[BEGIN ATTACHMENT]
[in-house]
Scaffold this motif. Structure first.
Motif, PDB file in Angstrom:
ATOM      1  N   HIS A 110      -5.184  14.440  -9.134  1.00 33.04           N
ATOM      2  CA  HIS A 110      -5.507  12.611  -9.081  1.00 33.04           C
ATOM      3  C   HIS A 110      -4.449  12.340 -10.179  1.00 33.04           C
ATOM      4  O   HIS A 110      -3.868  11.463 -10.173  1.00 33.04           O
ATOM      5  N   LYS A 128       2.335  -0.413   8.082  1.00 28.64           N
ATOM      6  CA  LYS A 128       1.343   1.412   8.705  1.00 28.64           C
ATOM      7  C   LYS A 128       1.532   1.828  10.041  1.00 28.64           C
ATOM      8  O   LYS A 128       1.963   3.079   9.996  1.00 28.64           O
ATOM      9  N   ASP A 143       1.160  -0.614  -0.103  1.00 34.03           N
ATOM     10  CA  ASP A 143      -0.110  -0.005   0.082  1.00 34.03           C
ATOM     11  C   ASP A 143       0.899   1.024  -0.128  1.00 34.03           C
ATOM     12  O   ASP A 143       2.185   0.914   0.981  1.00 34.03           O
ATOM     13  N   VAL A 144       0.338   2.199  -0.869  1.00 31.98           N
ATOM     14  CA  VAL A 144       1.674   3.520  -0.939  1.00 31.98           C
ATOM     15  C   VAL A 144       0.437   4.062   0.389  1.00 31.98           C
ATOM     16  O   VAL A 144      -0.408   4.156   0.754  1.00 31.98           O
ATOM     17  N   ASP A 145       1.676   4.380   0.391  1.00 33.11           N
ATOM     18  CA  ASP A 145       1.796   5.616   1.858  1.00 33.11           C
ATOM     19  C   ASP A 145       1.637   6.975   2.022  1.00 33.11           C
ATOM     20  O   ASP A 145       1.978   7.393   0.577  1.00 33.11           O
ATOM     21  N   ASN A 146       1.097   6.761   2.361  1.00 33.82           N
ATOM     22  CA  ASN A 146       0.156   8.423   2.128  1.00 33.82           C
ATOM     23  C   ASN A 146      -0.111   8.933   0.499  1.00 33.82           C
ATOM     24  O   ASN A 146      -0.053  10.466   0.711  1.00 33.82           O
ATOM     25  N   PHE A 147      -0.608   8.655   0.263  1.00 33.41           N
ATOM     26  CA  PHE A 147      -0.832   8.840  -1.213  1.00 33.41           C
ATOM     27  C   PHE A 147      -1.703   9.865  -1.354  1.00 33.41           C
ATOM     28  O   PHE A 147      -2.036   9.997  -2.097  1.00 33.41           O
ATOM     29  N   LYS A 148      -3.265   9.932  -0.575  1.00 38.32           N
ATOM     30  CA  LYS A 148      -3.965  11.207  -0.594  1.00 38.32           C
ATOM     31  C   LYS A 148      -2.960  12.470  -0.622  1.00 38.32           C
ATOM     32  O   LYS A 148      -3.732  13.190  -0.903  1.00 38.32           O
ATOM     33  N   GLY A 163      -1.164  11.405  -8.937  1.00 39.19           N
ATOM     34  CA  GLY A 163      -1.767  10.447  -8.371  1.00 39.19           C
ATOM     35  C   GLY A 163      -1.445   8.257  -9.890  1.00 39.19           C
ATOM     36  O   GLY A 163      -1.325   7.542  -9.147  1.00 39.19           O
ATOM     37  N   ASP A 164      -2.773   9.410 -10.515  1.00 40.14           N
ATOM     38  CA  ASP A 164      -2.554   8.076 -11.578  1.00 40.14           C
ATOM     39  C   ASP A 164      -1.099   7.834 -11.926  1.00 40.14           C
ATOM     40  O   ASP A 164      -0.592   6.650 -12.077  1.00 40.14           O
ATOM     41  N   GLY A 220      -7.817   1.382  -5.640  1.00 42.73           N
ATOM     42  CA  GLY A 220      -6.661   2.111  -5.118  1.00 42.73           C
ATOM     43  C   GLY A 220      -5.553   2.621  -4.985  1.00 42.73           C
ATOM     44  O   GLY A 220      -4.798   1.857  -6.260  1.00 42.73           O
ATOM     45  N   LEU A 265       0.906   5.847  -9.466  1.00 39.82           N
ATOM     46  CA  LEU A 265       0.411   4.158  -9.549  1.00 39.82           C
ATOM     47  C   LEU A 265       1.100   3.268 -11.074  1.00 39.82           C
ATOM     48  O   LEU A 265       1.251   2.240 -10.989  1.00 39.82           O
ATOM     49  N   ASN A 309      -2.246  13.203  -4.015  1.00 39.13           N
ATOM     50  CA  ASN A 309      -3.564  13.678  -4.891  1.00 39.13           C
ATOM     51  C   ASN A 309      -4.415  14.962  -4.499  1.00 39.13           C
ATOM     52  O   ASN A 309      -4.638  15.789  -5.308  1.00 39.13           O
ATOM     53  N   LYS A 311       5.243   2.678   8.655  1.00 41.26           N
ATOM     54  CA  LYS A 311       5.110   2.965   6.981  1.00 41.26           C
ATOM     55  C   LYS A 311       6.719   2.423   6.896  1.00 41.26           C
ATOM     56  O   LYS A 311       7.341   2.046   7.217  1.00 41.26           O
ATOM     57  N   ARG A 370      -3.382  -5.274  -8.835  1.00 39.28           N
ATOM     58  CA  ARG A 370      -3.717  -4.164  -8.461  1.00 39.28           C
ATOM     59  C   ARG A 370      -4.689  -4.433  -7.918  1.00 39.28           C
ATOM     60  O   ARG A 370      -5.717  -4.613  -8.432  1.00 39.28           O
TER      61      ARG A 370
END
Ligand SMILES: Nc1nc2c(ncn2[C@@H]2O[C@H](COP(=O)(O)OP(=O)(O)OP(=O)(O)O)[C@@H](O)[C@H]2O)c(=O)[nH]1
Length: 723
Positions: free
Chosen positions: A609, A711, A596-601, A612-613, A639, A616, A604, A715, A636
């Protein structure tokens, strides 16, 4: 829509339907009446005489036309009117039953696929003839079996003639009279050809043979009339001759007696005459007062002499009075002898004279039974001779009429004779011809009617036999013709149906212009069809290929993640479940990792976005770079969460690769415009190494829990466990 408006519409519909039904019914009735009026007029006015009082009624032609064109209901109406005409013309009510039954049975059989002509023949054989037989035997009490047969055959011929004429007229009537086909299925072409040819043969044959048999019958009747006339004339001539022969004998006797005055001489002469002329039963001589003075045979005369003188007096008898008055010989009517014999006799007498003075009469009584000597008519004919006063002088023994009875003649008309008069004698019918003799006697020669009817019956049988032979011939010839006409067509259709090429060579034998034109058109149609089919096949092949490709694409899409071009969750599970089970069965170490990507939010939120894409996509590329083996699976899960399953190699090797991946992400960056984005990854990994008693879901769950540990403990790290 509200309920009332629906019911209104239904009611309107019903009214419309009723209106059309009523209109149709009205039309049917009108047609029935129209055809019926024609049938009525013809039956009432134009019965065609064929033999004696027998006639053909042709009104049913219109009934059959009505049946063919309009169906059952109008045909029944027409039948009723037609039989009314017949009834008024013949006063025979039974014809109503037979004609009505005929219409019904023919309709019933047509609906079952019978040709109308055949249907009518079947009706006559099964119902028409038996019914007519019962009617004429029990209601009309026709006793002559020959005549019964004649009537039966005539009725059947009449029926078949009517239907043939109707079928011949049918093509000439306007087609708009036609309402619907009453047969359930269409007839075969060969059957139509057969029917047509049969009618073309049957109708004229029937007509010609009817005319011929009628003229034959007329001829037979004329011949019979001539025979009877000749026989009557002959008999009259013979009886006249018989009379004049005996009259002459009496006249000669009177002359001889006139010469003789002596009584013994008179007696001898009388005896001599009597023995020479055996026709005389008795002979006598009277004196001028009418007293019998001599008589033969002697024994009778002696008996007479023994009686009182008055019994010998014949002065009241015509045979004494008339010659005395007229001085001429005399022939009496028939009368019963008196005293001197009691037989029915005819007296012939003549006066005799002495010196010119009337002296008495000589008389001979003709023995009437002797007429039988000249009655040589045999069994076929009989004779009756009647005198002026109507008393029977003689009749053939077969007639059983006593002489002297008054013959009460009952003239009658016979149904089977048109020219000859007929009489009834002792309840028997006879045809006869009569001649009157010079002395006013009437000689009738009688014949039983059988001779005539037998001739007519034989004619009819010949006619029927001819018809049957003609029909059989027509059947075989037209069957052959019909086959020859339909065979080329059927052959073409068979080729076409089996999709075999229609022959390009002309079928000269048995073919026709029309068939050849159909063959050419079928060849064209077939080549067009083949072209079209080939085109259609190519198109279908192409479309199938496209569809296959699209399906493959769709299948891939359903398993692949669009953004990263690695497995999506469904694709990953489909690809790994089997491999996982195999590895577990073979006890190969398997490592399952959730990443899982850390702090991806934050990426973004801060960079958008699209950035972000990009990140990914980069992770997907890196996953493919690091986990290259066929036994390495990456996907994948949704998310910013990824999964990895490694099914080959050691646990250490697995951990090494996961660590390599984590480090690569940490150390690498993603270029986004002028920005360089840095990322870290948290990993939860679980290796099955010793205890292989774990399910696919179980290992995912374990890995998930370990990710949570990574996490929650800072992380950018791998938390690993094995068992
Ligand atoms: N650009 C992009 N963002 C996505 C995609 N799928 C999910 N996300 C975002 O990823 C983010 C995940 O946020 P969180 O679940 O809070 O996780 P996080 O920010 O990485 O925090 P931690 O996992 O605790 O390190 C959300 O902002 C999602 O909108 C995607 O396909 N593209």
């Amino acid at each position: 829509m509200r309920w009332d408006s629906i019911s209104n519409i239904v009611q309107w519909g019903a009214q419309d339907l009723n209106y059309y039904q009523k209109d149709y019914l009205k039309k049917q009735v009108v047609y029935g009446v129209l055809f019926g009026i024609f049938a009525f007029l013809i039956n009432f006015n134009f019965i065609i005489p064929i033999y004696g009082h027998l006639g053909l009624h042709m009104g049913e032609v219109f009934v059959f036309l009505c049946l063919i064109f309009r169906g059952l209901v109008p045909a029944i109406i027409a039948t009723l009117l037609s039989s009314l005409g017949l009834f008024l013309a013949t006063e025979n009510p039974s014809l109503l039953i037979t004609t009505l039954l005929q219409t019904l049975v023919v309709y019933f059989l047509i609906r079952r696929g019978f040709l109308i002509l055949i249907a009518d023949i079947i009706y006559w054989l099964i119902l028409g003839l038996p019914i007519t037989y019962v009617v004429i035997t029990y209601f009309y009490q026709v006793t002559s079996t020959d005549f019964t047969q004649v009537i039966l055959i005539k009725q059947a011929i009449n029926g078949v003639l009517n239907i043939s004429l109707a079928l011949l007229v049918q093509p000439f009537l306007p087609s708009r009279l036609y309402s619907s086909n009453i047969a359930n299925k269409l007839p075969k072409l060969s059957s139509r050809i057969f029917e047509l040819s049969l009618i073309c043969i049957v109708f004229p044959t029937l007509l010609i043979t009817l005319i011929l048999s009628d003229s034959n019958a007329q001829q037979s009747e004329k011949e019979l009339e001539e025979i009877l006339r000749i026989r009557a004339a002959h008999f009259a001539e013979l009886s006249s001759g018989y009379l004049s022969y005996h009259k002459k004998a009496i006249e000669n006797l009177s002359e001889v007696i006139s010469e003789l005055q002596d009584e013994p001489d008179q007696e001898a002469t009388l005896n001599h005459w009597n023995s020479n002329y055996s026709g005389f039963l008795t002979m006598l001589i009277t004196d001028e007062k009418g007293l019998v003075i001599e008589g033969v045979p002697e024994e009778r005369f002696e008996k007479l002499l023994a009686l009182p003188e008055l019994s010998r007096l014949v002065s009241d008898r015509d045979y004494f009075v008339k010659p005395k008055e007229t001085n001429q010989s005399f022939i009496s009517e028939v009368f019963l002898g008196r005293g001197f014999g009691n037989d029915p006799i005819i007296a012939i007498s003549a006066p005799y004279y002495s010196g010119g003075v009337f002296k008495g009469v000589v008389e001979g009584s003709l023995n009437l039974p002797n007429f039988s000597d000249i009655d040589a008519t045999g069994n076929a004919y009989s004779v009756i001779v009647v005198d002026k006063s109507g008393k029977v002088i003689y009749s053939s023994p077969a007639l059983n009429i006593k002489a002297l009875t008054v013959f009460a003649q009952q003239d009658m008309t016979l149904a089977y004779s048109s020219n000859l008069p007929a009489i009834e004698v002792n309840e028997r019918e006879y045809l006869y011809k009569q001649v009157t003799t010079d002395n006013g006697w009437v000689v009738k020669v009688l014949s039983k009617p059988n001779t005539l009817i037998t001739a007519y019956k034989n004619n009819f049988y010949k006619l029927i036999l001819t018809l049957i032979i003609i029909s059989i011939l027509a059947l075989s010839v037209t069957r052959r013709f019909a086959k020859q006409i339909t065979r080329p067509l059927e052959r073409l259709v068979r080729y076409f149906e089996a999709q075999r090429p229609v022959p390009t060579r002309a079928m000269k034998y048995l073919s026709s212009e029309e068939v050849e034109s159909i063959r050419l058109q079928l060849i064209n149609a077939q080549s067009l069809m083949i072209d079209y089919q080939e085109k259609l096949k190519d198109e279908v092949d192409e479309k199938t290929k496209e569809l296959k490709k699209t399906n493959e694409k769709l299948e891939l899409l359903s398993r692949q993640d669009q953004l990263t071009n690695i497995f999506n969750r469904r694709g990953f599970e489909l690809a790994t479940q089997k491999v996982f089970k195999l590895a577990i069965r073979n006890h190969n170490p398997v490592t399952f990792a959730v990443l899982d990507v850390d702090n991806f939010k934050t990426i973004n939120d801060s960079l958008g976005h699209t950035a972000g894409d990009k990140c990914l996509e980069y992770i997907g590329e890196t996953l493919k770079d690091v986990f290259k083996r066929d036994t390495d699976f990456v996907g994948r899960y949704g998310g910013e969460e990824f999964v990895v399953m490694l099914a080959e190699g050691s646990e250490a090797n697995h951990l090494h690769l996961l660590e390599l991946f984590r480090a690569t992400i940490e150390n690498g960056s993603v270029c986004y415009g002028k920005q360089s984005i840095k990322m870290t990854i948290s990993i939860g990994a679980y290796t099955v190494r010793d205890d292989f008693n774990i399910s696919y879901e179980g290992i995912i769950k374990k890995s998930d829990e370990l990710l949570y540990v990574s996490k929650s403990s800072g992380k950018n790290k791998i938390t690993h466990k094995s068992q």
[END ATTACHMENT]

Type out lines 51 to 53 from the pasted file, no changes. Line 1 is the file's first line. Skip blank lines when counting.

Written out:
ATOM     48  O   LEU A 265       1.251   2.240 -10.989  1.00 39.82           O
ATOM     49  N   ASN A 309      -2.246  13.203  -4.015  1.00 39.13           N
ATOM     50  CA  ASN A 309      -3.564  13.678  -4.891  1.00 39.13           C